When I recognized that I needed to drop a few (dozen) pounds, I needed to find a viable approach. Now, I’ve dropped weight before. I’ve lost around 40 lbs previously, but where I failed was in taking an approach that completely changed the way my family ate.
Then, when things got a little tough, we tried to revert back to our old way of eating and the whole thing fell apart.
Here’s the thing. When you’ve been overweight for a while, you’re not going to be able to take off the weight and everything change for you where you can go back to what you used to do. What you used to do didn’t work, so going back to it will get you right back to where you were.
And it did.
So, this time around, I wanted to clean up the diet a bit, but I also wanted to do something that would be comfortable for my family. Enter flexible dieting.
What is flexible dieting
Flexible dieting is also called “If It Fits Your Macros.” Basically, it’s an approach to dieting that says you can consume anything you want so long as it fits within a macronutrient framework based on your goals.
In theory, this means you can eat pizza, cake, ice cream, pasta, or whatever else you want and still lose weight.
In reality, what it does is tell you that if you want to do that, you have to be careful and minimize your gluttony so that you don’t get too many carbs or fat or protein.
In other words, you can have anything you want, but those choices have repercussions on what else you can eat. For example, if you have cake and ice cream, then you’re probably going to be required to stick to proteins for the rest of the day and little else.
Assuming you’re trying to lose weight, that is.
If you’re not, then you probably have even more flexibility in what you consume, which is awesome and I hate you.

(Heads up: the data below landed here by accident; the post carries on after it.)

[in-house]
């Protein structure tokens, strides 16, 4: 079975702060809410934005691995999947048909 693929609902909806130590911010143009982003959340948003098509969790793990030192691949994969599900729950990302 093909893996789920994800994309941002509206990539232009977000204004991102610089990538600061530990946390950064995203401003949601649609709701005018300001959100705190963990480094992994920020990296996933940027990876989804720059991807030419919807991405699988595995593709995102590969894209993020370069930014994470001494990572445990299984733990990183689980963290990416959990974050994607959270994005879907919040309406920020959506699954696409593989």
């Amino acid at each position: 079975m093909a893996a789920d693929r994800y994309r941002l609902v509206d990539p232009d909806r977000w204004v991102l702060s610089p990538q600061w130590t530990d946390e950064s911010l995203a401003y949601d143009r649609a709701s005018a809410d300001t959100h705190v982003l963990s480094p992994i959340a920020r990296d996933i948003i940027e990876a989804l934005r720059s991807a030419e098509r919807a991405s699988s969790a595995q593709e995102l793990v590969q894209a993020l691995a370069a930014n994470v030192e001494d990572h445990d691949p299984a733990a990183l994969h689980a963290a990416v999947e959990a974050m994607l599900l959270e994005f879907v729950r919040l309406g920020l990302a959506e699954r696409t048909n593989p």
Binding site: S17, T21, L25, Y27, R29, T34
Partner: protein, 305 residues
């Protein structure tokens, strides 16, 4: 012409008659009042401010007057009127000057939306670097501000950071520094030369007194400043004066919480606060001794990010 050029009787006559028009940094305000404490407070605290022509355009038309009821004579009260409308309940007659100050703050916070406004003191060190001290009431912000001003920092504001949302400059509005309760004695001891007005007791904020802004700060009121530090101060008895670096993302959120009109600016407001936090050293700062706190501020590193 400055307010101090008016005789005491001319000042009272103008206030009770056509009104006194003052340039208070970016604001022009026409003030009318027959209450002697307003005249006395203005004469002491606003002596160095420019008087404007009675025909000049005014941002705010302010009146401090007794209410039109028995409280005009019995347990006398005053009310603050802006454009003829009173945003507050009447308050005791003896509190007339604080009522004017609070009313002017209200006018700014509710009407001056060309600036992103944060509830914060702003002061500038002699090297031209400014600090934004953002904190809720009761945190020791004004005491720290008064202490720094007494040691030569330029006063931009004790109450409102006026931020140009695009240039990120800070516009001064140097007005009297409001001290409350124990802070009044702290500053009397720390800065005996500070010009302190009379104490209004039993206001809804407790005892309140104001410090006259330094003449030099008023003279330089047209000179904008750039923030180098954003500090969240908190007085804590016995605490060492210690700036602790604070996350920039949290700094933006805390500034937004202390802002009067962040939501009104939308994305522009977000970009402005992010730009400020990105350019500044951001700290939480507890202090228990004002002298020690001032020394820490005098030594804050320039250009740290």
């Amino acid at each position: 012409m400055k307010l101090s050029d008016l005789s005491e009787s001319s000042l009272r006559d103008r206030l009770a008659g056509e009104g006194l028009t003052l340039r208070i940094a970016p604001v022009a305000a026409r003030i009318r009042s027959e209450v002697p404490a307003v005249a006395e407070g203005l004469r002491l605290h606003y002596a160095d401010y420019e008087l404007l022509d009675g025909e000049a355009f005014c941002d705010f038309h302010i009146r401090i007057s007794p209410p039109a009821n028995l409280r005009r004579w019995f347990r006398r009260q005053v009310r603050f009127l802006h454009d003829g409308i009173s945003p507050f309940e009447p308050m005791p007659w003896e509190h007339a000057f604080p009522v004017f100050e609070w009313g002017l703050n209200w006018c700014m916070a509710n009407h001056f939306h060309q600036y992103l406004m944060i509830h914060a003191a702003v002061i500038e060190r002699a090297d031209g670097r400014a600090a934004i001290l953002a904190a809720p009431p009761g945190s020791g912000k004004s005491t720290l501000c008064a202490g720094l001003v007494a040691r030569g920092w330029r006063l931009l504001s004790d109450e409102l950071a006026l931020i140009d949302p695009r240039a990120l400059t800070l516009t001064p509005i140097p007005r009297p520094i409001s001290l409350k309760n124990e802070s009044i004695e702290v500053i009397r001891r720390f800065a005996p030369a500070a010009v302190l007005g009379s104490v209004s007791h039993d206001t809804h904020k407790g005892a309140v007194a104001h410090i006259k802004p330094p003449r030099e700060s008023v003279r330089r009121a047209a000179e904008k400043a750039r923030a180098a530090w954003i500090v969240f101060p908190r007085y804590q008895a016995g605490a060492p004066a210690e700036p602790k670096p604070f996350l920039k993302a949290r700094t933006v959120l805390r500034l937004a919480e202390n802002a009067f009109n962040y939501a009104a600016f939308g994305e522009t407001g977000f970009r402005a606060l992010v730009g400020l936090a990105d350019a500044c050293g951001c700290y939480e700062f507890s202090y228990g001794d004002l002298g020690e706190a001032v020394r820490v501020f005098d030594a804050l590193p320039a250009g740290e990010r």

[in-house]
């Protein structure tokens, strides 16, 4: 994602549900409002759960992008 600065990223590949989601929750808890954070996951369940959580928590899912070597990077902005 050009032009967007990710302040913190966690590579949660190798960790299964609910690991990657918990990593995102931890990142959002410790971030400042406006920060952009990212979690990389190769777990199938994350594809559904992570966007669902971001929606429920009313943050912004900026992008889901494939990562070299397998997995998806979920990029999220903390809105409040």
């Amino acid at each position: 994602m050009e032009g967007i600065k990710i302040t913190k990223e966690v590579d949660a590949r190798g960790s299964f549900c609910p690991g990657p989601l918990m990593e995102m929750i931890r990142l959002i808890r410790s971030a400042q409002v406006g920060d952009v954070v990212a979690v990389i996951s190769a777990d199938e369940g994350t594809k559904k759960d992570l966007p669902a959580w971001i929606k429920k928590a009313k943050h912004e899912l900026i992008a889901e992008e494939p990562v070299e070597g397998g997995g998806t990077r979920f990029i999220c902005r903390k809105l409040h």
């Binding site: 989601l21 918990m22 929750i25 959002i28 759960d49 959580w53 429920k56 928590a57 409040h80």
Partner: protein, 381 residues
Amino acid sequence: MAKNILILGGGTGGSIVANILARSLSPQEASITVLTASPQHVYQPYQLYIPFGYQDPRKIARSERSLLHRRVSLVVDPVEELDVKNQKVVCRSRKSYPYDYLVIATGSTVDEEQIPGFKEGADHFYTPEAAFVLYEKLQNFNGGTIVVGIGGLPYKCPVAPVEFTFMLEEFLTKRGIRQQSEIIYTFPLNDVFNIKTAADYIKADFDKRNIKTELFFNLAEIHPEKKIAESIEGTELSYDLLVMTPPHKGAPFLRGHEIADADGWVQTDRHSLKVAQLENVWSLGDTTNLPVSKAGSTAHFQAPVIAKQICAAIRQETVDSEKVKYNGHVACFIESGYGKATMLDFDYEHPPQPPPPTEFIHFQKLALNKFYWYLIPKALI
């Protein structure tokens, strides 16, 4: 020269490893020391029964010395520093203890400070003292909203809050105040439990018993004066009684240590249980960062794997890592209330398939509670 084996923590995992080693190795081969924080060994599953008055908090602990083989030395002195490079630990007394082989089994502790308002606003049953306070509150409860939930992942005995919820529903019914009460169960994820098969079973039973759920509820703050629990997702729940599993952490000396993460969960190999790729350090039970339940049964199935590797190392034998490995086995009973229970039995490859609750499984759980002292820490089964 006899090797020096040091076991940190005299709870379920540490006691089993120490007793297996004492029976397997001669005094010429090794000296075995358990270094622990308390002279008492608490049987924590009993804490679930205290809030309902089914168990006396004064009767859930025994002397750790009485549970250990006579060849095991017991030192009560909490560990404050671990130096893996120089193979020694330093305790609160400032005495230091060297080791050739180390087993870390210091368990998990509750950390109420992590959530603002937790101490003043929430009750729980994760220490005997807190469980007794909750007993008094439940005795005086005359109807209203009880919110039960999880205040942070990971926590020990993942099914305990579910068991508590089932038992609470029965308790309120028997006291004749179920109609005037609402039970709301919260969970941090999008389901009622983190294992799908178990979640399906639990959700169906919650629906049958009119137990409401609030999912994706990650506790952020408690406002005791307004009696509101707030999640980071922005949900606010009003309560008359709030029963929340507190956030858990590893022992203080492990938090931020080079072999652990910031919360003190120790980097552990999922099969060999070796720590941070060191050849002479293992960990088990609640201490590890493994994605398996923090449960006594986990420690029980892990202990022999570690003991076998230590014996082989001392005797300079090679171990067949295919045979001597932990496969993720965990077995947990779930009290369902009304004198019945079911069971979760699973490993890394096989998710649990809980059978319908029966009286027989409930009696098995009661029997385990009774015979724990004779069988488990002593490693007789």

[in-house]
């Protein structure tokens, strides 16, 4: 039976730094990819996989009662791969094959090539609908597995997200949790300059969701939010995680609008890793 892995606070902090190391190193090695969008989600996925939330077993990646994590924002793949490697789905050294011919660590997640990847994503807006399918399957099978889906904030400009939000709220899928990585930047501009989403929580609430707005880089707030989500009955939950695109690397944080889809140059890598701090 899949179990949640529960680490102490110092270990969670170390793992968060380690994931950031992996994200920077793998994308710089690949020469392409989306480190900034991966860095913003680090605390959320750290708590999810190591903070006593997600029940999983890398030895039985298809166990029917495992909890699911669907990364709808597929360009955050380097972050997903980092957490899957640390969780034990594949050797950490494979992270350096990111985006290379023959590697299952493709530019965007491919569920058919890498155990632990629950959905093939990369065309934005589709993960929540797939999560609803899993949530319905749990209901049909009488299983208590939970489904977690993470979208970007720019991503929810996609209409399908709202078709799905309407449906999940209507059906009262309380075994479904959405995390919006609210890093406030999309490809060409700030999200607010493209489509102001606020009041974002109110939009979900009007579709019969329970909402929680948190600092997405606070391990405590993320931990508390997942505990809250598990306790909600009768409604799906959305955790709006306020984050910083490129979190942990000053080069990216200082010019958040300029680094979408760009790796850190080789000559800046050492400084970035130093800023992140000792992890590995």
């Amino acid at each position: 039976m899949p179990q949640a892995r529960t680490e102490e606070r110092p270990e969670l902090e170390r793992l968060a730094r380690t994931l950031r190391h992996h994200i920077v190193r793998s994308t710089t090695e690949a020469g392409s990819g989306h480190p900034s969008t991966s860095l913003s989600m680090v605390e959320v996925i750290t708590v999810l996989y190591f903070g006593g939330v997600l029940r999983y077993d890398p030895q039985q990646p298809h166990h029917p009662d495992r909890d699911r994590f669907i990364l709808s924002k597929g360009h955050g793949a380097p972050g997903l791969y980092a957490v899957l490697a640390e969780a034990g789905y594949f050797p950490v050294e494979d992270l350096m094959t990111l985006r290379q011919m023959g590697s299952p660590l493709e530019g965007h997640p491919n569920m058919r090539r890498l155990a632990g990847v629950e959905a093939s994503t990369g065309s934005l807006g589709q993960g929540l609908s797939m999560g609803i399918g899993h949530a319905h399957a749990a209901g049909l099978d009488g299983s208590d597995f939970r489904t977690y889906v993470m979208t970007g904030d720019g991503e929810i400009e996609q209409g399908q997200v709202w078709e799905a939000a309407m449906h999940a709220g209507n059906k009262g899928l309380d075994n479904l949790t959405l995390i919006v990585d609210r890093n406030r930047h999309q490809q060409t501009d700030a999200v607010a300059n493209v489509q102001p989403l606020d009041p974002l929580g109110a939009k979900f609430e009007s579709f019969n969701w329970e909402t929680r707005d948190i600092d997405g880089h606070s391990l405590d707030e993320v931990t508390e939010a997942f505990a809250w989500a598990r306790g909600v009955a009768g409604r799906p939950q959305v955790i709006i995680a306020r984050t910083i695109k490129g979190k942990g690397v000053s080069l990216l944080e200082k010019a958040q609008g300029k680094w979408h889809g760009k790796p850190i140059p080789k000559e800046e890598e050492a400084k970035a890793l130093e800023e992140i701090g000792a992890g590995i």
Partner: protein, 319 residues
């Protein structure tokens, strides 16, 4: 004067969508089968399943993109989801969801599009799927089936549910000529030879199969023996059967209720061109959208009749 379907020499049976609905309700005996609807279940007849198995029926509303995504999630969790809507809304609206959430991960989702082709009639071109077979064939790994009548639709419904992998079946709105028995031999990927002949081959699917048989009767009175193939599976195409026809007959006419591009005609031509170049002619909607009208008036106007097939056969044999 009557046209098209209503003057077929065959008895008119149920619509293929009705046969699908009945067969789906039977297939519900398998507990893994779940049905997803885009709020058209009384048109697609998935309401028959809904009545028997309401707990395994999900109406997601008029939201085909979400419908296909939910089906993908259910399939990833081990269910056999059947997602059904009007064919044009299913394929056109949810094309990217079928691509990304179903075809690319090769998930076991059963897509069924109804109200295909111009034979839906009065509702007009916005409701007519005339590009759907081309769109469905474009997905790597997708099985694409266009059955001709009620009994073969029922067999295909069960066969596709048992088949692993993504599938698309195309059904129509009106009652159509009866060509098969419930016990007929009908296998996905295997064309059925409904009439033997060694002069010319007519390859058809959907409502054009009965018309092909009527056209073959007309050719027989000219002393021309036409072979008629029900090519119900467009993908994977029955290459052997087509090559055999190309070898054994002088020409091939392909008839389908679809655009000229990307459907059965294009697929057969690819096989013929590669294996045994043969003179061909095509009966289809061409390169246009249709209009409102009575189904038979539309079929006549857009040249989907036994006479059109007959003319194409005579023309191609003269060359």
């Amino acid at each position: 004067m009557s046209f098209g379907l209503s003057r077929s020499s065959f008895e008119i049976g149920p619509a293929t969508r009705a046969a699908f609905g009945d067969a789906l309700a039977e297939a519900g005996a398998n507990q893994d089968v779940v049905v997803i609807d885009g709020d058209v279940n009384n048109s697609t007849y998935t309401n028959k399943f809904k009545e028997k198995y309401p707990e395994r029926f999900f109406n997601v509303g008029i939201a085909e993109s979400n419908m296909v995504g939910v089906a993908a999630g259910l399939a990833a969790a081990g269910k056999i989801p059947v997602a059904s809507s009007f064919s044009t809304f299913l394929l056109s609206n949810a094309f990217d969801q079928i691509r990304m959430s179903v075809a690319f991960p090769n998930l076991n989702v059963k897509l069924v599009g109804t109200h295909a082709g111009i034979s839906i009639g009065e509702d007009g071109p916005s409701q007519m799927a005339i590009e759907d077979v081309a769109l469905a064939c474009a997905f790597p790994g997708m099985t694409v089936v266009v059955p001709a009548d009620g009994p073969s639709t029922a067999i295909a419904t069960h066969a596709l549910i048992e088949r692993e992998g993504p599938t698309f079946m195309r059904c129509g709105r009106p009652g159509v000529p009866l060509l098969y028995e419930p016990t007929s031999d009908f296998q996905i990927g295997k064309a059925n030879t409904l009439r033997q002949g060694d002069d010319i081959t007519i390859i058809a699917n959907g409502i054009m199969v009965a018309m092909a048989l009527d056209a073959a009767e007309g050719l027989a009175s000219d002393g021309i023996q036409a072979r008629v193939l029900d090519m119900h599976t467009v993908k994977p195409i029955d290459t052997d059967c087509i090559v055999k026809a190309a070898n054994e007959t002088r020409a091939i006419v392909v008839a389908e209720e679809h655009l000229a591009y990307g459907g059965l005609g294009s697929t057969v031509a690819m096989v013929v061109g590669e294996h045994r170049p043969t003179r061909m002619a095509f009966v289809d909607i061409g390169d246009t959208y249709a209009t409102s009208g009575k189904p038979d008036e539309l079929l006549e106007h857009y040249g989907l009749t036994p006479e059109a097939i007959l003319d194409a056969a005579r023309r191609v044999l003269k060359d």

Seriously, though, the best part about flexible dieting seems to be that nothing is truly forbidden, thus you don’t feel obligated to purge the entire house of food you can’t eat.
It also makes it a little easier to say, “No thanks” for something you might really want.
Doesn’t that make it “sound too good to be true?”
It does and it doesn’t.
If you look at it and think, “I can eat anything and still lose weight,” then yeah, it definitely will. However, it’s in the fine print where flexible dieting seems to make sense.
You still have to make smart choices and you have to eat all those good treats in moderation. You can’t pig out on anything, even supposedly healthy food, and achieve your goals and flexible dieting doesn’t pretend you can.
It’s that fact that keeps it from being some snake oil approach to health and fitness. It’s simply a framework that recognizes you have things you really like to eat and are probably going to eat anyway, so sure. Just don’t get stupid about it.
What are the primary benefits of flexible dieting?
Now, I’m not an expert on this approach, but here are my thoughts.
First, you can do flexible dieting with pretty much whatever kind of food you’re eating now…within reason. I mean, if you’re eating fast food every meal, you might want to rethink that, but if you cook at home at all, you’re probably going to find a way to fit most things into the flexible dieting framework.
A little protein, a few carbs, some fats, and you’re good to go.
If you want three-cheese mashed potatoes, go for it. Rice with every meal? Hey, if your macros allow for it, have fun.